Maine Central 2-8-2 "Mikado" Locomotives in the USA

The first "Mikados" on the Maine Central Railroad arrived in 1914 from the Schenectady Works of the American Locomotive Company. These four locomotives were classified as Class S and were assigned road numbers 601-603. They had 63" drivers, 26 1/2" x 30" cylinders and each weighed 298,000 pounds.

Another six 2-8-2s of the same design came from ALCO in 1915, and were followed by six more from ALCO in 1916 and four more in 1918. These 16 Class S "Mikados" were assigned road numbers 604-620.

The USRA assigned the MEC six USRA "Mikado-Light" locomotives in 1919. They were of a slightly different design from the MEC designed 2-8-2s, but were designated as Class S and given road numbers 621-626.

In 1924, the MEC bought six more 2-8-2s of the same design as the 1914-1918 "Mikados". This last group was designated as Class S and was assigned road numbers 627-632.

There are no surviving Maine Central 2-8-2 "Mikado" type locomotives.


Roster

ClassQty.Road NumbersYear BuiltBuilderNotes
S 4601-6031914ALCO
S 6604-6101915ALCO
S 6611-6161916ALCO
S 4617-6201918ALCO
S 6621-6261919ALCOUSRA allocated "Mikado-Light" locomotives
S 6627-6321924ALCO

Class Details by Steve Llanso of Sweat House Media

Class S (Locobase 5446)

Data from table in May 1916 issue of Railway Mechanical Engineer (RME), confirmed by the MEC 2 - 1923 Locomotive Diagram book supplied in May 2005 by Allen Stanley from his extensive Rail Data Exchange. Works numbers were 54571-54573 in March 1914, 55020-55026 in February 1915, 56502-56507 in December 1916, 57879-57882 in March 1918. S-2 works numbers wree 65548-65553 in July 1924.

These were built in batches over a few years. Drury (1993) notes that Mikes were rare in New England. This was the largest single class of 2-8-2s east of the New York Central. .. Arch tubes contributed 25.3 sq ft (2.35 sq m) to the firebox heating surface.

Six years separated the last deliveries in 1918 and the final six produced in 1924. (Six USRA light Mikes came on the line in 1919; see Locobase 7061). The 1924 engines repeated the earlier design, but were designated S-2s in recognition of the addition of 8,600 lb (38.25 kN; 3,901 kg) trailing truck boosters, Baker outside radial valve gear, and Worthington 3 (627, 629, 631) or 4-5A (628, 630, 632) feed water heaters.

Dolores E. Ham, in her Northeastern Vermont Railroads (2004), says the Mikes that worked near St Johnsbury, Vermont were known as "Big Mickeys".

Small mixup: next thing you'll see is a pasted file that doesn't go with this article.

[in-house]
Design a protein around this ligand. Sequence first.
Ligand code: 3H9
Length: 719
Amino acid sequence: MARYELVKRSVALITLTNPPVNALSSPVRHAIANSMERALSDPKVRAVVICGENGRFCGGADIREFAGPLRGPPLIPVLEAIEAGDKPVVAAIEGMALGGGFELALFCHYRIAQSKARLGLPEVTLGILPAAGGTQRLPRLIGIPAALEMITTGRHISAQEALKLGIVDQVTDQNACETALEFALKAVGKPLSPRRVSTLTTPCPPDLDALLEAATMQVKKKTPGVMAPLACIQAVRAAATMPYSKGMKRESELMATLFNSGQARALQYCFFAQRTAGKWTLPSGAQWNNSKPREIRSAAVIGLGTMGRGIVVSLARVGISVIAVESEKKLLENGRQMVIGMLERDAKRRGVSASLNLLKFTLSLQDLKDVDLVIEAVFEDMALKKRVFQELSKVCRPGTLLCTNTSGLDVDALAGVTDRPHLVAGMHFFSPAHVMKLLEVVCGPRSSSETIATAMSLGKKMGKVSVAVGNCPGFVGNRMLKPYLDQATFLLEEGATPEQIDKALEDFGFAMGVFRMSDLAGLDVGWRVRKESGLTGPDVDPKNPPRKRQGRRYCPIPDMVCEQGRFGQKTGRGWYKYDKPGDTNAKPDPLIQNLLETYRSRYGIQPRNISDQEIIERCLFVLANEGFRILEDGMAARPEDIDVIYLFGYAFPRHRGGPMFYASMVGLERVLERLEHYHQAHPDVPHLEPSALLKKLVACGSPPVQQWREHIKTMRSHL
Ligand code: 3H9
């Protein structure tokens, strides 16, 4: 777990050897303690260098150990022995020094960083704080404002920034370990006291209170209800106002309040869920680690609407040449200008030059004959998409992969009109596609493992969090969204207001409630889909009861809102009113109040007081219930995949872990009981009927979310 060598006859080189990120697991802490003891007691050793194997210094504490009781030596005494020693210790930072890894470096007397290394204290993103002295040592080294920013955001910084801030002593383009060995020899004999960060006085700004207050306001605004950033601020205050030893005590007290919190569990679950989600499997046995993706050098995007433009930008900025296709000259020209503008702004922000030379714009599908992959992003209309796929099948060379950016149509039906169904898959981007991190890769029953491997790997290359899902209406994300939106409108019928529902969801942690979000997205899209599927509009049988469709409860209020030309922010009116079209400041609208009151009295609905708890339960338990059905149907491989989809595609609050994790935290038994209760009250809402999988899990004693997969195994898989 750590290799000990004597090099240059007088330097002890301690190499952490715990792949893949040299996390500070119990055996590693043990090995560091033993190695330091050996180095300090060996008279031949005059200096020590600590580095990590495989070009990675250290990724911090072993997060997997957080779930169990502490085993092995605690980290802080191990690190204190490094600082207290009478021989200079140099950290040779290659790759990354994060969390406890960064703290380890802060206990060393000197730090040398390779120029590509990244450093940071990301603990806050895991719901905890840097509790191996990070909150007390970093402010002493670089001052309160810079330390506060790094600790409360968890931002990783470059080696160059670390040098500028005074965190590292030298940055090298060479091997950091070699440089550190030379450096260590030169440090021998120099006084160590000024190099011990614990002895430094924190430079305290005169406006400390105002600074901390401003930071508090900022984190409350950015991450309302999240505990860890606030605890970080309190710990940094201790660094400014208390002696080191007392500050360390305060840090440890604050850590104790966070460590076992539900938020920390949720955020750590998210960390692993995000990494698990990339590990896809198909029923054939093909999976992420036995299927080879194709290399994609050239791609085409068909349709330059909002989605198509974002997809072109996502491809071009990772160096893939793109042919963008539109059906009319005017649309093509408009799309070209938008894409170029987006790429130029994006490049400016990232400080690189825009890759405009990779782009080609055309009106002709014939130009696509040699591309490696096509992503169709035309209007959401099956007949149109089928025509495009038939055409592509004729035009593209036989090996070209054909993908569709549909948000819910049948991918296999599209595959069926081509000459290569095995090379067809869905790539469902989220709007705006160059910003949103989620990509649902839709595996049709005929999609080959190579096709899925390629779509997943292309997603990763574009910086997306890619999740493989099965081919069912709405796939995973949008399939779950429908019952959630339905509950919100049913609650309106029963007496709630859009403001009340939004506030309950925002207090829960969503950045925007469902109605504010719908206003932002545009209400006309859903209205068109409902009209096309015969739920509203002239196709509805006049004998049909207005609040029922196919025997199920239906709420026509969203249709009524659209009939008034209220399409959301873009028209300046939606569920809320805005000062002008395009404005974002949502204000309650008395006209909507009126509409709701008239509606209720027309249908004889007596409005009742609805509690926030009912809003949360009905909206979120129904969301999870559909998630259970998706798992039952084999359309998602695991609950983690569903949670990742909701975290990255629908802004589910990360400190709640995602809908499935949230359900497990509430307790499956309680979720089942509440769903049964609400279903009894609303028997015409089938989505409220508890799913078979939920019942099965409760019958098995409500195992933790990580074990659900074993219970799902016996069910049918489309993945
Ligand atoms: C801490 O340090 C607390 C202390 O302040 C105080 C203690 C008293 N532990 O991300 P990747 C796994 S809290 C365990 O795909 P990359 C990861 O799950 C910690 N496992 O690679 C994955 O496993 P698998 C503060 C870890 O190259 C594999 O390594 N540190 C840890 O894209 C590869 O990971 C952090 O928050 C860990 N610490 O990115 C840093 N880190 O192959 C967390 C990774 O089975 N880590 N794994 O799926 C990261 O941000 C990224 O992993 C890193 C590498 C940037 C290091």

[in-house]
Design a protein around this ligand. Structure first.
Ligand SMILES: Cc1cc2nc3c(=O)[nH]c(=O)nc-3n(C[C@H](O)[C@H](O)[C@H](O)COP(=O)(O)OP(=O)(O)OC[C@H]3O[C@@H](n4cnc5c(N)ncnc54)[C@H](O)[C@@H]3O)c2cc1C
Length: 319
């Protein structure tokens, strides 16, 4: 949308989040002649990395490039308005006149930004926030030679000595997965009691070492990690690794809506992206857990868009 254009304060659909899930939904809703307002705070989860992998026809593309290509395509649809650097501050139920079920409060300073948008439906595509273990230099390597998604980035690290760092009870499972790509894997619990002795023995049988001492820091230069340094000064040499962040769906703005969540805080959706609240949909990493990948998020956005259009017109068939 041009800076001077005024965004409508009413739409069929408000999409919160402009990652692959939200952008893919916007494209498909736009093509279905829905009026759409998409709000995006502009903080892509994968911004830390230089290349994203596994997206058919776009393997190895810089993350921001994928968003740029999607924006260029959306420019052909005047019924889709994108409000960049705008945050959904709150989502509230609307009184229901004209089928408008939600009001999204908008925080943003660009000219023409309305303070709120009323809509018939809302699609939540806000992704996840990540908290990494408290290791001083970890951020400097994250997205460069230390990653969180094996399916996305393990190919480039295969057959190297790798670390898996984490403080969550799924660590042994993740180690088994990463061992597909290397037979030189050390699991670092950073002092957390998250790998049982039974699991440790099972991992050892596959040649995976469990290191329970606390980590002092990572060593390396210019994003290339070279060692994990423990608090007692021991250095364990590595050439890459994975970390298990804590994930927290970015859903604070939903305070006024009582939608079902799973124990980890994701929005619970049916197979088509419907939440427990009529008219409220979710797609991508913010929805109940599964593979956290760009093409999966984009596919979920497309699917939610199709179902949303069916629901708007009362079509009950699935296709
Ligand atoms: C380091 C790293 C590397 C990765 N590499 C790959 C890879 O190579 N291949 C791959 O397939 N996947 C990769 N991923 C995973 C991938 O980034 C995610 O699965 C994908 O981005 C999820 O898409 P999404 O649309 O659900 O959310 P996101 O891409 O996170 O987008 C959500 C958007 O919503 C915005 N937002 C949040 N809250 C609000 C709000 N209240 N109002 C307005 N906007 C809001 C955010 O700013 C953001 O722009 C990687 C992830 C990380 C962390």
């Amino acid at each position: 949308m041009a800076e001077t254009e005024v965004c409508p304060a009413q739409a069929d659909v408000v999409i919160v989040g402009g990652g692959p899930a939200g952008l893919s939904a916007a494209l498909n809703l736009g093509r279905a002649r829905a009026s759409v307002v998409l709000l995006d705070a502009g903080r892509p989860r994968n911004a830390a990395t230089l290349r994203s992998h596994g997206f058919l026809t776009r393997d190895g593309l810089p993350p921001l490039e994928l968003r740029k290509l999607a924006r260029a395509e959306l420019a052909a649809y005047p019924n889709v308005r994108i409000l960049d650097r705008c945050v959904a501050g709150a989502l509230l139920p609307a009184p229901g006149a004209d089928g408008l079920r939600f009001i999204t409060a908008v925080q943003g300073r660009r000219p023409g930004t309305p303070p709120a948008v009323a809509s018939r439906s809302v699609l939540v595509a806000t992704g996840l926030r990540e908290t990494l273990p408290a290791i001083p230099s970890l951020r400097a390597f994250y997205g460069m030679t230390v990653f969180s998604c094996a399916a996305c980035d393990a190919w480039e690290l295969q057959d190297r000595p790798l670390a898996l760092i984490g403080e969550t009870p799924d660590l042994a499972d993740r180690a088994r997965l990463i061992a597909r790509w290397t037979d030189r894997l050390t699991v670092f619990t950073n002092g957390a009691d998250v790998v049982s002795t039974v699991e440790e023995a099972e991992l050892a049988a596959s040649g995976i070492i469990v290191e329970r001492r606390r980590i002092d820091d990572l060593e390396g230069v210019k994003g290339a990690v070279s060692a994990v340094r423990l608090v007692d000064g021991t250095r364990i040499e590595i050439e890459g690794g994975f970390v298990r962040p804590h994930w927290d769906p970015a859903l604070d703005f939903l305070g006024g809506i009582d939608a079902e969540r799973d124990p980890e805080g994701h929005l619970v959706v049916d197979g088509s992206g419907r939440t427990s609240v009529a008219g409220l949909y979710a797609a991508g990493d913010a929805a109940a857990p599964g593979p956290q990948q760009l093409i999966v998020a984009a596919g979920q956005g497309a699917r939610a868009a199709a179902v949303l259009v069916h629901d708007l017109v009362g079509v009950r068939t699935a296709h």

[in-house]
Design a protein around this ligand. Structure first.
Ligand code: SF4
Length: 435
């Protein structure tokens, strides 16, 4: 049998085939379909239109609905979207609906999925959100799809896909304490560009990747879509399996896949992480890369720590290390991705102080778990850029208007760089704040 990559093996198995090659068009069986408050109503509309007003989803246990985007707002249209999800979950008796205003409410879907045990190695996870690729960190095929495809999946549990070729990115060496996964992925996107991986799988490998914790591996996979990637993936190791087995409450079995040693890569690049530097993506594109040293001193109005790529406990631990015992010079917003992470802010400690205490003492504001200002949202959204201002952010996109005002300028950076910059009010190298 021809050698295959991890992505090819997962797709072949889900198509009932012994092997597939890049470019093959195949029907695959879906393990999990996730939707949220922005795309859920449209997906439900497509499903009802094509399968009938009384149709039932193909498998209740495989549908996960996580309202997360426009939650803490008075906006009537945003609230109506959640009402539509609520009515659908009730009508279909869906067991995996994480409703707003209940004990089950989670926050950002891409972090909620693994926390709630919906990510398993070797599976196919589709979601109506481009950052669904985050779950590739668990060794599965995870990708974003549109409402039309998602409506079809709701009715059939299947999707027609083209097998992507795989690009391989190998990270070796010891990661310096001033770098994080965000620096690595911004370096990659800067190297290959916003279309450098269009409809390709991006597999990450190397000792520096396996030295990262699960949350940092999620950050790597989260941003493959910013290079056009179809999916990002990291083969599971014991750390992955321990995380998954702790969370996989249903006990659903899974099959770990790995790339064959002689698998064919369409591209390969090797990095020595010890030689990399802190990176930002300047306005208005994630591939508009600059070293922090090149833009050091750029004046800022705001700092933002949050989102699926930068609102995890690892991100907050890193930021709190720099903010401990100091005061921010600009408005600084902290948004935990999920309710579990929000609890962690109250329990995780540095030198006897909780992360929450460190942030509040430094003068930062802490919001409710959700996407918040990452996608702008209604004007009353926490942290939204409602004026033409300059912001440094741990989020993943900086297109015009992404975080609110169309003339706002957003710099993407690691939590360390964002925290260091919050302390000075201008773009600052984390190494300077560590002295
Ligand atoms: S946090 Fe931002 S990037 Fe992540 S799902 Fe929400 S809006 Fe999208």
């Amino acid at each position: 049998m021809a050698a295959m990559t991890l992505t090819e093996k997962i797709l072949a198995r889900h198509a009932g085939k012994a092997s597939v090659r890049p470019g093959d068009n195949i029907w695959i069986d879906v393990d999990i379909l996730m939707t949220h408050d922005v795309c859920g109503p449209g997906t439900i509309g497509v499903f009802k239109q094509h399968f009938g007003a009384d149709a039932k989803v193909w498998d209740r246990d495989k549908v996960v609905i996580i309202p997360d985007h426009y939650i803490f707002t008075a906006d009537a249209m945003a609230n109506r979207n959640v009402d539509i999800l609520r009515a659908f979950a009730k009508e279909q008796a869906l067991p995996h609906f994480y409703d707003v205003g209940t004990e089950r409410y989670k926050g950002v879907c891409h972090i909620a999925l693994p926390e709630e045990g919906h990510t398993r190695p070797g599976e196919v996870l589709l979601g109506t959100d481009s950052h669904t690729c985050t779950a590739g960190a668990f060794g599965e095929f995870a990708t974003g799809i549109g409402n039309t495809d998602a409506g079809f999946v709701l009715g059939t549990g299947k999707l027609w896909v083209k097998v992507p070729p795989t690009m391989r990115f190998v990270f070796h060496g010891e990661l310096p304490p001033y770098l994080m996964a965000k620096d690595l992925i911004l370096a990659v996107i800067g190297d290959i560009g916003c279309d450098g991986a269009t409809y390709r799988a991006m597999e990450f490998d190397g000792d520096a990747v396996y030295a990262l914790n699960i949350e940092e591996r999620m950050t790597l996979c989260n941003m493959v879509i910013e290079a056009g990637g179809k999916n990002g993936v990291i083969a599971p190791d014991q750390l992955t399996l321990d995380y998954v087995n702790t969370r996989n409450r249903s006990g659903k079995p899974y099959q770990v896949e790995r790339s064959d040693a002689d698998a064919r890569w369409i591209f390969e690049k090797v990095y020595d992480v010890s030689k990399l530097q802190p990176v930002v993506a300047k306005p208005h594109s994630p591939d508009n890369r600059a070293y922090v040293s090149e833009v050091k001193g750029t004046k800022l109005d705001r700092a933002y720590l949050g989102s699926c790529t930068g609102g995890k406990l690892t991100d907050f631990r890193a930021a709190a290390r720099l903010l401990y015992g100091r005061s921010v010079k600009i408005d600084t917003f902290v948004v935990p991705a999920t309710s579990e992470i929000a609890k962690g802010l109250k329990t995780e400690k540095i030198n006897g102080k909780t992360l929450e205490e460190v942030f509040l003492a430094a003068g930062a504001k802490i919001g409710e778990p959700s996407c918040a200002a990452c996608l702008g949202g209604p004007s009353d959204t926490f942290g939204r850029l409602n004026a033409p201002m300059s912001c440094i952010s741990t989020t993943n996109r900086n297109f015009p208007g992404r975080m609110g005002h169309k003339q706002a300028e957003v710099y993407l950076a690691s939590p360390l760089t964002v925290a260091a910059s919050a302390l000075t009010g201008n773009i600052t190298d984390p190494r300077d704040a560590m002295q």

Retirements began in 1936 and continued over the next 16 years.


Class S1 - USRA (Locobase 7061)

Data from MEC 2 - 1923 and MEC & PTC 7- 1947 Maine Central locomotive diagrams supplied by Allen Stanley in May 2005 from his extensive Rail Data Exchange. Works numbers were 60933-60938 in 1919.

Part of the sizable clutch of Light Mikados (Locobase 40) built to the USRA's design, this sextet was delivered in 1919. Arch tubes contributed 27 sq ft (2.51 sq m) to the firebox's 280 sq ft (26.1 sq m) of direct heating surface at the time of their first MEC service. Later the firebox was altered to eliminate two of the arch tubes (leaving 14 sq ft/1.3 m arch tubes) and add 74 sq ft (6.87 sq m) of Nicholson thermic syphons, which increased the direct heating surface to 341 sq ft and gave a similar boost to total evaporative heating surface. The firebox was fed using a Duplex mechanical stoker.

Later tenders added two short tons (1,814 kg) of coal, probably at the cost of 4,000 US gallons (15,140 litres) of water.

Withdrawals began in the early 1950s, with 626 being scrapped in January 1951, 624 in August 1952, and 623 & 625 in January 1956.

Principal Dimensions by Steve Llanso of Sweat House Media

ClassSS1 - USRA
Locobase ID5446 7061
RailroadMaine Central (MEC)Maine Central (MEC)
CountryUSAUSA
Whyte2-8-22-8-2
Number in Class206
Road Numbers600-620, 627-632621-626
GaugeStdStd
Number Built206
BuilderAlco-SchenectadyAlco-Schenectady
Year19141919
Valve GearWalschaert or BakerWalschaert
Locomotive Length and Weight
Driver Wheelbase (ft / m)16.50 / 5.0316.50 / 5.03
Engine Wheelbase (ft / m)34.75 / 10.5934.75 / 10.59
Ratio of driving wheelbase to overall engine wheelbase 0.47 0.47
Overall Wheelbase (engine & tender) (ft / m)69.12 / 21.0769.12 / 21.07
Axle Loading (Maximum Weight per Axle) (lbs / kg)
Weight on Drivers (lbs / kg)213,500 / 96,842213,500 / 96,842
Engine Weight (lbs / kg)275,000 / 124,738275,000 / 124,738
Tender Loaded Weight (lbs / kg)156,000 / 70,760156,000 / 70,760
Total Engine and Tender Weight (lbs / kg)431,000 / 195,498431,000 / 195,498
Tender Water Capacity (gals / ML)8000 / 30.308000 / 30.30
Tender Fuel Capacity (oil/coal) (gals/tons / Liters/MT)14 / 1314 / 13
Minimum weight of rail (calculated) (lb/yd / kg/m)89 / 44.5089 / 44.50
Geometry Relating to Tractive Effort
Driver Diameter (in / mm)63 / 160063 / 1600
Boiler Pressure (psi / kPa)180 / 12.40180 / 12.40
High Pressure Cylinders (dia x stroke) (in / mm)26.5" x 30" / 673x76226" x 30" / 660x762
Tractive Effort (lbs / kg)51,164 / 23207.6349,251 / 22339.90
Factor of Adhesion (Weight on Drivers/Tractive Effort) 4.17 4.33
Heating Ability
Tubes (number - dia) (in / mm)234 - 2" / 51216 - 2.25" / 57
Flues (number - dia) (in / mm)32 - 5.375" / 13740 - 5.5" / 140
Flue/Tube length (ft / m)17 / 5.1819 / 5.79
Firebox Area (sq ft / m2)273.30 / 25.39341 / 31.69
Grate Area (sq ft / m2)56.50 / 5.2566.70 / 6.20
Evaporative Heating Surface (sq ft / m2)3106 / 288.553838 / 356.69
Superheating Surface (sq ft / m2)636 / 59.09882 / 81.97
Combined Heating Surface (sq ft / m2)3742 / 347.644720 / 438.66
Evaporative Heating Surface/Cylinder Volume162.19208.13
Computations Relating to Power Output (More Information)
Robert LeMassena's Power Computation10,17012,006
Same as above plus superheater percentage11,89914,287
Same as above but substitute firebox area for grate area57,55773,042
Power L110,06313,817
Power MT415.65570.70

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